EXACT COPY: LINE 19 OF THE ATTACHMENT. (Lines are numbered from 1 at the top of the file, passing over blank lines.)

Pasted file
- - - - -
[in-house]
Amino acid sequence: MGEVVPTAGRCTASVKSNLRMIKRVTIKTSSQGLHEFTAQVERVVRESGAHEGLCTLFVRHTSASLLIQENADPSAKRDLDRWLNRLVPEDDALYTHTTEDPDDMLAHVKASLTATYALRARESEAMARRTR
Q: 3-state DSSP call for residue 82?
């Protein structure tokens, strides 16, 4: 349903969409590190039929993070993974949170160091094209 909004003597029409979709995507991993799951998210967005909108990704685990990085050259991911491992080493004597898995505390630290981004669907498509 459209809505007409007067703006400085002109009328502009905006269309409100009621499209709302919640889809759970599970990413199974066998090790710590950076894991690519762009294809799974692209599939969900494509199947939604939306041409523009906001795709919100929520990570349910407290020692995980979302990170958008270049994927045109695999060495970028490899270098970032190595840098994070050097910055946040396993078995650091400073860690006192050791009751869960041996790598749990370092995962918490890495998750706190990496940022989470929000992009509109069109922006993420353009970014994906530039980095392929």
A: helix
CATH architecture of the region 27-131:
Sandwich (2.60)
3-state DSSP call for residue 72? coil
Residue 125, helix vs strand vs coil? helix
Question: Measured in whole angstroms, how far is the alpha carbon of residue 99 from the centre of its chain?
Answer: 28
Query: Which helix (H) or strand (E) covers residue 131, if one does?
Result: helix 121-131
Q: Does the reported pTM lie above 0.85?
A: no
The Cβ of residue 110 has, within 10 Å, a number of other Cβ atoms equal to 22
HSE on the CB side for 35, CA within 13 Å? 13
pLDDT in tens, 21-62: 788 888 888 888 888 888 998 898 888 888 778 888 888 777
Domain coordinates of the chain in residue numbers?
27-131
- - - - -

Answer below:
Domain coordinates of the chain in residue numbers?